Huntsville’s Von Braun Center Concert Hall To Get Spring Makeover

By: Huntsville Real Estate Expert Mike Manosky On December 21, 2008

Huntsville’s Von Braun Center Concert Hall To Get Spring Makeover

The Von Braun Center Concert Hall will undergo a major renovation this spring according to architect Paul Matheny. The $4.75 million dollar project will begin in late February and is expected to last a year.

Funds for the VBC hall renovation come from a $3 million dollar gift donated by the family of the late Mark Smith, founder of Huntsville telecommunications company Adtran Inc.

The concert hall’s 2,100 seats will be replaced with modern ones and a center aisle will be created. Work will also include luxury suites in the balcony, new restrooms, elevator access to all levels for patrons with disabilities, additional reception space, new lighting and sound equipment, and a window-dominated facade.

Linda Smith made the donation on behalf of her late husband. Mark Smith came from a musical family and often touted the VBC and the city’s arts and music community when recruiting professionals for his business.

Smith founded Universal Data Systems. After selling that company to Motorola, he founded Adtran, which anchors Cummings Research Park.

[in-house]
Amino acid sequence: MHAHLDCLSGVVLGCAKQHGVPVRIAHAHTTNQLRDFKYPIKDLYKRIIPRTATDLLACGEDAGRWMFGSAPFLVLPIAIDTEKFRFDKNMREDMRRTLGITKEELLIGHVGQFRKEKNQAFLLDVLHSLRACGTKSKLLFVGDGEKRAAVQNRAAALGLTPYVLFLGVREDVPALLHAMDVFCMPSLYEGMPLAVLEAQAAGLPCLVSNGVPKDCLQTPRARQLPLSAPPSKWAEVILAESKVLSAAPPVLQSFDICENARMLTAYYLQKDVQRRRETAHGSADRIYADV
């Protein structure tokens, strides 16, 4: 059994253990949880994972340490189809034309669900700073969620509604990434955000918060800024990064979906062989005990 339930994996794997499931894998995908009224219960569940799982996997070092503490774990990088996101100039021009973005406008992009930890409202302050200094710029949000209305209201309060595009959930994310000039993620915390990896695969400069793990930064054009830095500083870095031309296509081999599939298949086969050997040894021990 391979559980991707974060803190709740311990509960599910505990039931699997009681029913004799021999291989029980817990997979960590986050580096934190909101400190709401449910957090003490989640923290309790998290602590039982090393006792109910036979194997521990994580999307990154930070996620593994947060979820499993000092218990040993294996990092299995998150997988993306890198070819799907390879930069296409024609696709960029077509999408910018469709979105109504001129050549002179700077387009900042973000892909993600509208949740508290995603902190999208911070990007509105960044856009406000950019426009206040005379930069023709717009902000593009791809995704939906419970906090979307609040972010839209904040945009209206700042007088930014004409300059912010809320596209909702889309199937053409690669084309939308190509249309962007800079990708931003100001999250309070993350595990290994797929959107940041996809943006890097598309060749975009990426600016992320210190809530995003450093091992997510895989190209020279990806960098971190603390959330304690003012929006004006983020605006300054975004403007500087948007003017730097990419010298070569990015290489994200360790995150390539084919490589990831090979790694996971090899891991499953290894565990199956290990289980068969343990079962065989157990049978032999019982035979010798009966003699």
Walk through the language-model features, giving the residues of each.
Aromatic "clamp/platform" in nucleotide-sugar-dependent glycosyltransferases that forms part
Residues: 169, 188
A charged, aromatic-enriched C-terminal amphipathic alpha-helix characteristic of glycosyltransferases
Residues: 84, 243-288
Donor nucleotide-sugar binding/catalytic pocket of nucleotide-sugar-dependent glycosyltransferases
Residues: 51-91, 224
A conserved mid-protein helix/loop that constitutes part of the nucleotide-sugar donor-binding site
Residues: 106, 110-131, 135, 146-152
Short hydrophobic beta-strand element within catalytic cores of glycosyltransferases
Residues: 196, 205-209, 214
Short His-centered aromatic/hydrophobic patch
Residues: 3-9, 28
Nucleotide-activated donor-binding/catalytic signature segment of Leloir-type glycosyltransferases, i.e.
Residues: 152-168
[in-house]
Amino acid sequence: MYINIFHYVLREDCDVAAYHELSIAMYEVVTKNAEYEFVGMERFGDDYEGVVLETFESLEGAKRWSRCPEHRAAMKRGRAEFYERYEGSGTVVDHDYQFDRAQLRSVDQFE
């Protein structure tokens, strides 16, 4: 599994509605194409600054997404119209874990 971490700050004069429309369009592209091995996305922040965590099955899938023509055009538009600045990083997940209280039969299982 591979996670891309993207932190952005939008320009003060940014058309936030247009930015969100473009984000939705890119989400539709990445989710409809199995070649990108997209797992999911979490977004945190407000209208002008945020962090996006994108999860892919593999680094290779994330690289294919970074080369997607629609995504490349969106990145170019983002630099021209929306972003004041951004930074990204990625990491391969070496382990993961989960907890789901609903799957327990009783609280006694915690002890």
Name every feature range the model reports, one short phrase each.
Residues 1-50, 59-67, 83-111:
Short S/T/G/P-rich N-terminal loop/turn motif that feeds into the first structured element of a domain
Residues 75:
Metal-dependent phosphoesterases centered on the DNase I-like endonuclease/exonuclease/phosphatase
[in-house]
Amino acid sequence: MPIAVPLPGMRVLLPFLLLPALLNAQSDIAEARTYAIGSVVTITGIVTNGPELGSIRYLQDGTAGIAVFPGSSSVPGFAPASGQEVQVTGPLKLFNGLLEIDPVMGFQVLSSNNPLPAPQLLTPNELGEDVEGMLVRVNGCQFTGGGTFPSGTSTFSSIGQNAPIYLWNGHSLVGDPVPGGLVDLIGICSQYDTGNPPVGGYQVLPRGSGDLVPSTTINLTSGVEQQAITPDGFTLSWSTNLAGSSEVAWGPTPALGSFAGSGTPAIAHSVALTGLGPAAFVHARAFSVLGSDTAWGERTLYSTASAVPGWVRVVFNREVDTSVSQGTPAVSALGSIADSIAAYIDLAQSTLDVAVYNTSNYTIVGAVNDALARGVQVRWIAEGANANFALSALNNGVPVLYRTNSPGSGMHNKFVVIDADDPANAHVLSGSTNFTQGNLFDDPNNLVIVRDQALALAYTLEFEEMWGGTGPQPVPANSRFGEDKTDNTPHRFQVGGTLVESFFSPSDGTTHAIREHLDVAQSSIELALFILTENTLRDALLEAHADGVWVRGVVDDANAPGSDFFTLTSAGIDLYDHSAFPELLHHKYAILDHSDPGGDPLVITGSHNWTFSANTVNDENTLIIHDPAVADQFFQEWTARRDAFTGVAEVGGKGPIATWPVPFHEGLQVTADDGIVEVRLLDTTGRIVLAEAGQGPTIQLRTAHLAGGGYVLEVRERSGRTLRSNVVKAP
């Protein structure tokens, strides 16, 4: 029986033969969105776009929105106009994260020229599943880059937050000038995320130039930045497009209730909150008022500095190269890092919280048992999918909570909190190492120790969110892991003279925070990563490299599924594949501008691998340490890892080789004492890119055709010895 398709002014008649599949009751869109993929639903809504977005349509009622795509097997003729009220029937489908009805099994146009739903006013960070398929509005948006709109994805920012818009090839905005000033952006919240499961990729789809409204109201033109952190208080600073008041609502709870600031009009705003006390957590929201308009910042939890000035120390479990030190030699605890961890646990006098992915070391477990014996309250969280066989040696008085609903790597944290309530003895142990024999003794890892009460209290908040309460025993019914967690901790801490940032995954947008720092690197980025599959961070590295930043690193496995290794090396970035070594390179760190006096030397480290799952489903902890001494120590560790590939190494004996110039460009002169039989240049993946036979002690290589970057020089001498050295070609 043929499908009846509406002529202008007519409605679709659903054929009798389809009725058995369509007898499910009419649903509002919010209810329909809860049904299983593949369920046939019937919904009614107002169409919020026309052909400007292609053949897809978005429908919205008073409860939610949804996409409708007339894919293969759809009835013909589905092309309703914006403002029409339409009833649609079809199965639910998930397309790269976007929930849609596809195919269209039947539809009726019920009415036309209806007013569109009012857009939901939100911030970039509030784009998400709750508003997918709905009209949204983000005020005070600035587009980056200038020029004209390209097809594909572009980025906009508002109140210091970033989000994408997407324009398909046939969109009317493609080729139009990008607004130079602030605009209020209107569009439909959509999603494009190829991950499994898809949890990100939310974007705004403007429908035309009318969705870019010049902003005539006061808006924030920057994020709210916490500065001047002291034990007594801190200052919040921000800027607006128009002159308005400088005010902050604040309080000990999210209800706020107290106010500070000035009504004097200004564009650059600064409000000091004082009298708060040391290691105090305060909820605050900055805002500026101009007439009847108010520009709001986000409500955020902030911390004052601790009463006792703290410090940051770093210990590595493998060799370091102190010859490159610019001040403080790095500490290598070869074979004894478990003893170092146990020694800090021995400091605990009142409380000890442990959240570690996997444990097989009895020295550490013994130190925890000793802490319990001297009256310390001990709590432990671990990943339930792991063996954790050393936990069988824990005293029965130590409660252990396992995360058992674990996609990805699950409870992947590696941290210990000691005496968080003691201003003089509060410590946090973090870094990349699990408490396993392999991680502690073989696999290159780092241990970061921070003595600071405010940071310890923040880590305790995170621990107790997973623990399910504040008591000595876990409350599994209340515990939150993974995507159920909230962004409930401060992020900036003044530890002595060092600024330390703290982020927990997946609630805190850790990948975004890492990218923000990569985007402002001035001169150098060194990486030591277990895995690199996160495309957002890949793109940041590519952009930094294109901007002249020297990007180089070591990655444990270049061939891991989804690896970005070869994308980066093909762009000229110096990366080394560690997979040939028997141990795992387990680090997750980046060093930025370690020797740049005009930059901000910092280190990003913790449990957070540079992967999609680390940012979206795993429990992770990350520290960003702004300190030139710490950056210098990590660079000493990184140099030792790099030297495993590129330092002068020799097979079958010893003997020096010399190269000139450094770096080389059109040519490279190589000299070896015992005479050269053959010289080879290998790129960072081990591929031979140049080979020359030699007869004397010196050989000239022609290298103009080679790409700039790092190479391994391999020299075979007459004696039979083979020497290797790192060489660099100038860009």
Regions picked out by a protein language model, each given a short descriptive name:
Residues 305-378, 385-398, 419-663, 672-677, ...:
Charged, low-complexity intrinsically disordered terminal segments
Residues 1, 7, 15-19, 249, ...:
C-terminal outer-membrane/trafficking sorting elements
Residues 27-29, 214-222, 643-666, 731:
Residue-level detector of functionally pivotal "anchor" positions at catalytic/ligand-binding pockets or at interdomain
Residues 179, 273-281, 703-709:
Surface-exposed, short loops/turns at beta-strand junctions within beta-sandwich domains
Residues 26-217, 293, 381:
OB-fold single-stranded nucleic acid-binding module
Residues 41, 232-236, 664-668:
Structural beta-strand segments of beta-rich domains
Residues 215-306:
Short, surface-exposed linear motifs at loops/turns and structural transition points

The hall will be renamed the Mark C. Smith Concert Hall.

The concert hall isn’t the only part of the VBC that will get a major facelift. Shortly after the Smith donation this fall, Huntsville businessman William Propst announced a $5 million donation for a major renovation of the VBC arena.

Combined with $10 million in city money, the donation will help add 1,000 seats, create a larger lobby with a glass front overlooking Big Spring International Park, add VIP suites with private boxes, add restrooms and improve the concourse.

That project could also get under way by spring, with construction spanning 14 to 18 months. The arena will be named the Propst Arena.

Propst arrived in Huntsville in 1946 and built a fortune in steel, drugstores, manufacturing and real estate.

The multimillion-dollar donations for both projects were solicited by then-Mayor Loretta Spencer.

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